Winning against All Odds

againts all oddsRarely does a dream come true easily and effortlessly, without delays, problems, or hurdles. It is far more common that one must overcome many obstacles and suffer through some pain before hitting any meaningful target.

The bigger your dreams, the tougher your challenge, the more ambitious your goals, the more likely it is that you’ll face difficulties along the way.

When problems arise, what will you do? Will you just give up? Or will you persist, struggling to succeed?

I’ve never always completely agreed with the statement “What doesn’t kill you makes you stronger.” I recently came across a paper in the Harvard Business Review entitled “Performance Persistence in Entrepreneurship.” This paper presents the idea that entrepreneurs with a track record of success are much more likely to succeed than first-time entrepreneurs and those who have failed previously.

After leading a sales organization for many years, I look to one main indicator for predicting future success in salespeople: levels of persistence in past performance. Those who persevere and persist through challenges are, hands down, more likely to be successful. But that success doesn’t come automatically! What doesn’t kill you can make you stronger—IF you follow the right strategies.

Here are five strategies to help you beat the odds:

1. Look for the gift in challenges.

Have you had a bad day lately? A day when you thought it just couldn’t get any worse? We all have those kinds of days for sure.

It can be hard to see when you’re in the midst of a trial, but there are almost always lessons to be learned through hard times. As Napoleon Hill wrote, “Within every problem or obstacle lays the seed of an equal or greater opportunity or benefit. Your job is to find it.”

What if the struggles we undergo are meant to help us release a potential we didn’t realize we had? Author Mike Dooley says, “If you understood the extraordinary gifts that every single challenge in your life makes possible, even inevitable, you’d celebrate your challenges, new and old alike, as the omens that they are of new beginnings and spectacular change.”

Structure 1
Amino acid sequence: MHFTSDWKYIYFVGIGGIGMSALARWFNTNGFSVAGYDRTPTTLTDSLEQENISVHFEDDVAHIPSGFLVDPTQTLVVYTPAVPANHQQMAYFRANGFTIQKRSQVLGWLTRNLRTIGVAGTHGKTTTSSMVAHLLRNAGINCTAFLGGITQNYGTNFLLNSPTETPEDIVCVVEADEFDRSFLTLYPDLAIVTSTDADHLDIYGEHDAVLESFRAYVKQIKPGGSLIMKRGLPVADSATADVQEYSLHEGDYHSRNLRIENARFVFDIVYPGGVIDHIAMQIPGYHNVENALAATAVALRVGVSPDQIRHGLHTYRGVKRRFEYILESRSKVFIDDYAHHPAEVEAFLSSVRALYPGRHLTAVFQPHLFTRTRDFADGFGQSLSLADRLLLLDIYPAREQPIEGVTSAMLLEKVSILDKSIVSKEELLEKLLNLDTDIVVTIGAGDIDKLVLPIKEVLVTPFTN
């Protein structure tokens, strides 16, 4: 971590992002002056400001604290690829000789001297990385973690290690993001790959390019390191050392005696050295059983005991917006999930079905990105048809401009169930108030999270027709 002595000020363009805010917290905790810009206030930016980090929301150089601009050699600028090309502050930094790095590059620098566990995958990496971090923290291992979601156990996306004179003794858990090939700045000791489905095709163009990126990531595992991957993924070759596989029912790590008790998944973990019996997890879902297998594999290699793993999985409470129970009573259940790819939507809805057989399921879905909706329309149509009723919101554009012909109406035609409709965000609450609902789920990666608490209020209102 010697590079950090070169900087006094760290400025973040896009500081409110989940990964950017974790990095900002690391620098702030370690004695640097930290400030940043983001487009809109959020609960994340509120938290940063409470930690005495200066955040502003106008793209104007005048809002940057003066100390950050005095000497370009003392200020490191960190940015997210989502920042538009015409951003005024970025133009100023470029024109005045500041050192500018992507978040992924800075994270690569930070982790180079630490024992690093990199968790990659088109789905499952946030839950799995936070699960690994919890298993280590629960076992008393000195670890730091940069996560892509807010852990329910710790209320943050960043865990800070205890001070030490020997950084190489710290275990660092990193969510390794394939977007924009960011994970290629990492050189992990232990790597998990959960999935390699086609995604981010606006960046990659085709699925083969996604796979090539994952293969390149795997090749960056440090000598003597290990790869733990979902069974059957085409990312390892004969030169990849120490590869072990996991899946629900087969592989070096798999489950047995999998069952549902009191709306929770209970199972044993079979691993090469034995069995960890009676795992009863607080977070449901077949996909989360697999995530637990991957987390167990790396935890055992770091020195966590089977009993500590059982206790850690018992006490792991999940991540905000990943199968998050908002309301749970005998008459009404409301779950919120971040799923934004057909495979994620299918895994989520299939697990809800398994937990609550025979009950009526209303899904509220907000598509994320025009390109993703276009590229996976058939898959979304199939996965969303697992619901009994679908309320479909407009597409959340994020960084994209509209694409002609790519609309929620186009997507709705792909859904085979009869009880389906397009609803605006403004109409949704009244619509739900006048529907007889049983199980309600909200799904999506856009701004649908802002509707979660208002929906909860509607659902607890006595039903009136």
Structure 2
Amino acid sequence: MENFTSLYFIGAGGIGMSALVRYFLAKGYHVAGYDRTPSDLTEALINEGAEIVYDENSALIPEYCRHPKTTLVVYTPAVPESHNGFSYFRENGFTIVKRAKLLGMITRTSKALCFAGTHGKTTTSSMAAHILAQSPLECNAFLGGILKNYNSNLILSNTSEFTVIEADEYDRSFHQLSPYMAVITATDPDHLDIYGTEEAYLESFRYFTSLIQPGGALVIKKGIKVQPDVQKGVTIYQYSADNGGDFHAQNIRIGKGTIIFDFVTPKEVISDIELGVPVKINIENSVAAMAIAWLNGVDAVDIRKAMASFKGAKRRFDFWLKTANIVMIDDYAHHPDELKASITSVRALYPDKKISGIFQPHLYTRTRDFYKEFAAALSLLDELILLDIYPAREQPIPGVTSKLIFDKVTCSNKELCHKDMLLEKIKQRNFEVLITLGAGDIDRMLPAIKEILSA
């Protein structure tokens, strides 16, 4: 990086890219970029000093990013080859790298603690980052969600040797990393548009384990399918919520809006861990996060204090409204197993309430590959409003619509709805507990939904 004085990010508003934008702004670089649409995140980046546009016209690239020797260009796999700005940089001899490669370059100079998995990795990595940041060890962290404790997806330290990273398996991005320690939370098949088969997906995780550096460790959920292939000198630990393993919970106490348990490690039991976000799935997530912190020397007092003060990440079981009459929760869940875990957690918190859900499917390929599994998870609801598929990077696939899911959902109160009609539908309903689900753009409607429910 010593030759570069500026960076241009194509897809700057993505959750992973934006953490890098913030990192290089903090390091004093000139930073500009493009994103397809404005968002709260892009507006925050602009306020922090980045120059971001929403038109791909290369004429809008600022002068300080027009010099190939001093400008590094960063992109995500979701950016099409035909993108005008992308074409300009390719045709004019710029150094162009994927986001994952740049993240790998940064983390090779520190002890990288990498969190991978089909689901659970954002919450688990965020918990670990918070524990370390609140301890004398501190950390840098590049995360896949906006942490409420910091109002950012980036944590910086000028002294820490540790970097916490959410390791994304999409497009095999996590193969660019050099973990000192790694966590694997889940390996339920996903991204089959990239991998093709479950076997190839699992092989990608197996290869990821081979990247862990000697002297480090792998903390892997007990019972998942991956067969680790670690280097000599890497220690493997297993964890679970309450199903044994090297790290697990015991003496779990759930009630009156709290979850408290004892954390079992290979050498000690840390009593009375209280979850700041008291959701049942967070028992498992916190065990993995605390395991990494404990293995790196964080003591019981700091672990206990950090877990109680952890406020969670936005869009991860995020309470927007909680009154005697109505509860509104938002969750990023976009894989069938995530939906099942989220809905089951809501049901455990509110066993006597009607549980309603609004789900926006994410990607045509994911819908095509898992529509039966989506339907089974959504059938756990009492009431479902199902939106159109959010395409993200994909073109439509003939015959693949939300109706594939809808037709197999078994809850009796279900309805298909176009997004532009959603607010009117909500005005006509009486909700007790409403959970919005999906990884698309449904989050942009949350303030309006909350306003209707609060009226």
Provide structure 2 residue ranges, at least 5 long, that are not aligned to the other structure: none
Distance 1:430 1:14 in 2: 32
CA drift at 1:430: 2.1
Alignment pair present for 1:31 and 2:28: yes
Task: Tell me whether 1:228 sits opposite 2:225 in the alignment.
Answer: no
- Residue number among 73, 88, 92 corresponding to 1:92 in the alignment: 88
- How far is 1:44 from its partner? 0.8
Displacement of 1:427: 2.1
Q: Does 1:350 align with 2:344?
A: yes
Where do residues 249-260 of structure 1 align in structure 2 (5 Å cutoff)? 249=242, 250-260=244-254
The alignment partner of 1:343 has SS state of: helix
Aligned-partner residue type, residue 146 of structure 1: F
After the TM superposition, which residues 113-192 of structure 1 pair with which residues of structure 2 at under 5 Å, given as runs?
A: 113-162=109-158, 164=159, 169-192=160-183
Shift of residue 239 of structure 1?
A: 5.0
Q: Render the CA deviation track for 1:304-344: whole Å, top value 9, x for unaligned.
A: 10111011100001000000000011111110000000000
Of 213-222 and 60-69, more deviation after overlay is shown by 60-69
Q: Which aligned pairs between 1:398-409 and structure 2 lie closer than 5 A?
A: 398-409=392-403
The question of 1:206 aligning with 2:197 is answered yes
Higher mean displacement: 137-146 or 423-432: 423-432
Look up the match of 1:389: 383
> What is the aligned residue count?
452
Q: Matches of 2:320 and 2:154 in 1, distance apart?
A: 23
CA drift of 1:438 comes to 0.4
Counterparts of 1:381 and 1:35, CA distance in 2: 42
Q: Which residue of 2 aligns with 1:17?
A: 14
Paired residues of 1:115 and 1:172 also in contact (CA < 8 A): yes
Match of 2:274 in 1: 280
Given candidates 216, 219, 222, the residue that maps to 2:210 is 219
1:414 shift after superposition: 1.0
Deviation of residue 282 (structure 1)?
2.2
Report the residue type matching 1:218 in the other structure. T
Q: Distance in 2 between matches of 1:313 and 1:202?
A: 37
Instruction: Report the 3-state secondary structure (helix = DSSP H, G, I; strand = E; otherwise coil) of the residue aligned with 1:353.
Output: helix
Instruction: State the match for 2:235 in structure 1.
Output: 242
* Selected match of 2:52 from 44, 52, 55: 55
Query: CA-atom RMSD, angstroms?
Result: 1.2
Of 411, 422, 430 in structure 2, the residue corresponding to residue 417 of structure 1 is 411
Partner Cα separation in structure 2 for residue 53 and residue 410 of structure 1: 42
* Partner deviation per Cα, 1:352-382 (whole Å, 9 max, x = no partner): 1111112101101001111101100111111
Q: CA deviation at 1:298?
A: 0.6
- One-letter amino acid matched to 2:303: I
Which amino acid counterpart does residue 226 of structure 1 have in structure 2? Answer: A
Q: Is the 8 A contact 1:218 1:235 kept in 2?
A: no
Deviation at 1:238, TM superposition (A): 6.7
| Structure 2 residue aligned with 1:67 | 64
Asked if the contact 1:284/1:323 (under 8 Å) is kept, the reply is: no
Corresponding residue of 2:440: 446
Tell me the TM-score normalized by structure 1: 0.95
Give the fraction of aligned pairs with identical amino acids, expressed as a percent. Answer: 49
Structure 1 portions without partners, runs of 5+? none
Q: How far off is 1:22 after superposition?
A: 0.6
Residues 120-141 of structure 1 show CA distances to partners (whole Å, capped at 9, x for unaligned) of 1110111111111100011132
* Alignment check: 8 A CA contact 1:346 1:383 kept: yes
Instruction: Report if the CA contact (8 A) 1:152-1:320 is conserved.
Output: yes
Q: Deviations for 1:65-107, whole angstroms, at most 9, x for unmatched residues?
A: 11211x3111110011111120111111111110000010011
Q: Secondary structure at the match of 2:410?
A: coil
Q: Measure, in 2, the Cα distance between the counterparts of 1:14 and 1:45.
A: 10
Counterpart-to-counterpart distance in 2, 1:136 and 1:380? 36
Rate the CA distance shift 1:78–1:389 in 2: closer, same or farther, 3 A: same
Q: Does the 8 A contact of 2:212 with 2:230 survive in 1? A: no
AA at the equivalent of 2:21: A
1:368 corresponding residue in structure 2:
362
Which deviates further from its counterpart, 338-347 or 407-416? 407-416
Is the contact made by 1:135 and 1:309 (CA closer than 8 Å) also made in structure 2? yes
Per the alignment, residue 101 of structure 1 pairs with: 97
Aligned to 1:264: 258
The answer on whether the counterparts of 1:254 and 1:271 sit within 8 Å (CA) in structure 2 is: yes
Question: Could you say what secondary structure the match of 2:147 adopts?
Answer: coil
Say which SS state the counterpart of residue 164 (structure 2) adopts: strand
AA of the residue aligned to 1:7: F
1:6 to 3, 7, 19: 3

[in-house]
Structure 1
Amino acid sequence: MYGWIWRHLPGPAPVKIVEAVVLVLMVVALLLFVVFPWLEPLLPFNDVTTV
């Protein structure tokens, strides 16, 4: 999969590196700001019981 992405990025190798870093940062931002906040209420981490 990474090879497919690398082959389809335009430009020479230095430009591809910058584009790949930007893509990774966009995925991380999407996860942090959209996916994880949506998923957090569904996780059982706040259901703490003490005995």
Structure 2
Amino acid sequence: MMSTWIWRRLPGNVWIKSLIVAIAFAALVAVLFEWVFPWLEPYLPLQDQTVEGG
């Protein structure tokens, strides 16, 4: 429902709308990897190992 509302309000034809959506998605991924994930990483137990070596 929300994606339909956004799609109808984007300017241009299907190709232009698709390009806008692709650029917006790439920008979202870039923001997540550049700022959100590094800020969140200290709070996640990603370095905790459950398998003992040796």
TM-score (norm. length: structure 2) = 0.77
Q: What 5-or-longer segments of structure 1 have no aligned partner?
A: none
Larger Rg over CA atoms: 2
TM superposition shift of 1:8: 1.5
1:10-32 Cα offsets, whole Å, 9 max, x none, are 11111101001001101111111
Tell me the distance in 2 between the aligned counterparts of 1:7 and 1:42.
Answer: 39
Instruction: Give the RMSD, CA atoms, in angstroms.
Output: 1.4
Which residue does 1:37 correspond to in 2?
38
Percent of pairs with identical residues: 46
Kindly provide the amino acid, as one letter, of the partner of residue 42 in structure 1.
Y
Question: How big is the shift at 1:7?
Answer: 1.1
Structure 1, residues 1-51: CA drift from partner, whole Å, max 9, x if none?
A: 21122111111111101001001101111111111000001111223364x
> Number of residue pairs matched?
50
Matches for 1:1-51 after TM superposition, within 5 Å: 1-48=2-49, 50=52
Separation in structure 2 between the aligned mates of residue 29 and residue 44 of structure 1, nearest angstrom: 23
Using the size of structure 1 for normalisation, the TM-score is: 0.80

2. Focus on the goal.

A major key to success is to have big, hairy, audacious goals (BHAGs) running as undercurrents for everything we do in the present and in the near future. A BHAG is the single purpose that underpins and drives everything a business is about and is striving for. Author and business strategist Jim Collins says, “BHAGs are not just random goals … A good BHAG has to fit with what you’re passionate about, which includes your values. It has to fit with what best drives you.” We need to set our BHAGs and let them guide us every step of the way as we maintain our focus.

3. Don’t see obstacles—see solutions.

Turn on the TV, open the newspaper, or surf the Internet—what do you always see? Problems. Everywhere we look, we see problems in our personal and professional lives. Are we facing a “problem epidemic”? How can we overcome perpetual problems in life?

What if I told you that your problems were, in fact, not problems at all? Can you believe that your problems are actually opportunities? What if we woke up every morning with a “solution epidemic” mindset?

Each time you’re presented with a problem, remind yourself of this: for every problem, there’s a solution and an opportunity. We can choose to see a world filled with problems or a world filled with unseen solutions.

4. Ask for help and support.

When you feel like giving up, ask for help. Your challenges are probably not as rare as you think. There are others who have been there before or who are there right now. Tap the collective experience and wisdom of others, thus raising your own ability to overcome the problems you face.

In general, people love to help others, and someone else’s perspective might just be the catalyst you need to break through your brick wall. Having supportive people in your corner will keep you going until you catch your second wind of internal motivation.

5. Engage likeminded, passionate people.

Renowned business philosopher Jim Rohn researched the “Law of Associations,” which suggests you are a direct reflection of the five people you associate with the most. If the five people closest to you have negative philosophies, it’s unlikely you will have a positive one. Do your closest professional relationships reflect themes of blame and disempowerment or themes of responsibility and empowerment?

We need to be acutely aware of the company we keep. Are the people around you the kind of people you want to be? Passion is contagious, and we need to engage likeminded, passionate people.

Which of the five strategies resonates with you the most? Why?

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